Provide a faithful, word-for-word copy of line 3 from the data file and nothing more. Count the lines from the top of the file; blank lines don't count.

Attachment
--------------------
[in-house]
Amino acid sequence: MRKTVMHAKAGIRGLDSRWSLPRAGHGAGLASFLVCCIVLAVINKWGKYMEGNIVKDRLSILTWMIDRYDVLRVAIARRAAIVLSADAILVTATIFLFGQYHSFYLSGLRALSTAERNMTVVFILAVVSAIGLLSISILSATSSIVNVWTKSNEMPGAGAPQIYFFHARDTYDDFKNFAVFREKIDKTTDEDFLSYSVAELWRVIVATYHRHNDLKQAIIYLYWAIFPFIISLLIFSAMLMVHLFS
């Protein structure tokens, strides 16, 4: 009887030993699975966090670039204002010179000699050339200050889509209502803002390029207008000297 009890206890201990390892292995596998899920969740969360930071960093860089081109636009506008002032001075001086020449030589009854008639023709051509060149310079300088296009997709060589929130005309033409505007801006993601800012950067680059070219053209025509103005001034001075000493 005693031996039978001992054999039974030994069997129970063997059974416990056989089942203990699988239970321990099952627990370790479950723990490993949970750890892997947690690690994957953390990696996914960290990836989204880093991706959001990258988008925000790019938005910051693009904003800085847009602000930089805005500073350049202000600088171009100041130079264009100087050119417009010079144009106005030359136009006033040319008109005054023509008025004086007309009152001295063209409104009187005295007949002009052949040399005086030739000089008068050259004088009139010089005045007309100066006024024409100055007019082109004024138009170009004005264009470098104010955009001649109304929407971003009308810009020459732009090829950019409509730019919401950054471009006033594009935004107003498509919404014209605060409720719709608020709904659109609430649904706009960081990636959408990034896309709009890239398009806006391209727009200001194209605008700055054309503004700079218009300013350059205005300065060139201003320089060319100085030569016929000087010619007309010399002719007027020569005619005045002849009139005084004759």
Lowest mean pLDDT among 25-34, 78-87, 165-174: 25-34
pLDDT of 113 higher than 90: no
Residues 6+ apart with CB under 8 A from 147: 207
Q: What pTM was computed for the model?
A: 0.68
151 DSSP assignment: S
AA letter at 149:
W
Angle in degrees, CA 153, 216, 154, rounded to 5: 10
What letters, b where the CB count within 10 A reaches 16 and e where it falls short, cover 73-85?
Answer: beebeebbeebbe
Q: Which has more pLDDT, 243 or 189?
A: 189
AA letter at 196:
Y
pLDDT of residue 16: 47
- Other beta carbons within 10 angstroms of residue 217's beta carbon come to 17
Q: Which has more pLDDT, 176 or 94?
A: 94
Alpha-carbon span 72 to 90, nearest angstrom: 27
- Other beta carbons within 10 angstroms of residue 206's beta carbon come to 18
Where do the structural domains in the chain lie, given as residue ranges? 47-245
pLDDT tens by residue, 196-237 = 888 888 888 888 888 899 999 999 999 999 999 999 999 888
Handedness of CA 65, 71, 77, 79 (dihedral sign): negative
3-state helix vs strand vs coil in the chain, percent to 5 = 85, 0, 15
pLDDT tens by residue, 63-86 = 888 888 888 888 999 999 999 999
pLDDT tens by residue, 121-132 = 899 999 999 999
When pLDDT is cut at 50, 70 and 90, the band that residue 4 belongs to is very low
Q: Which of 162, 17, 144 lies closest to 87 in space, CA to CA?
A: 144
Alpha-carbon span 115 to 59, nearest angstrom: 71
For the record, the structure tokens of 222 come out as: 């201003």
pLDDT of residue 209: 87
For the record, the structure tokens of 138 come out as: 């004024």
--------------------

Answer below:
């Protein structure tokens, strides 16, 4: 009887030993699975966090670039204002010179000699050339200050889509209502803002390029207008000297 009890206890201990390892292995596998899920969740969360930071960093860089081109636009506008002032001075001086020449030589009854008639023709051509060149310079300088296009997709060589929130005309033409505007801006993601800012950067680059070219053209025509103005001034001075000493 005693031996039978001992054999039974030994069997129970063997059974416990056989089942203990699988239970321990099952627990370790479950723990490993949970750890892997947690690690994957953390990696996914960290990836989204880093991706959001990258988008925000790019938005910051693009904003800085847009602000930089805005500073350049202000600088171009100041130079264009100087050119417009010079144009106005030359136009006033040319008109005054023509008025004086007309009152001295063209409104009187005295007949002009052949040399005086030739000089008068050259004088009139010089005045007309100066006024024409100055007019082109004024138009170009004005264009470098104010955009001649109304929407971003009308810009020459732009090829950019409509730019919401950054471009006033594009935004107003498509919404014209605060409720719709608020709904659109609430649904706009960081990636959408990034896309709009890239398009806006391209727009200001194209605008700055054309503004700079218009300013350059205005300065060139201003320089060319100085030569016929000087010619007309010399002719007027020569005619005045002849009139005084004759």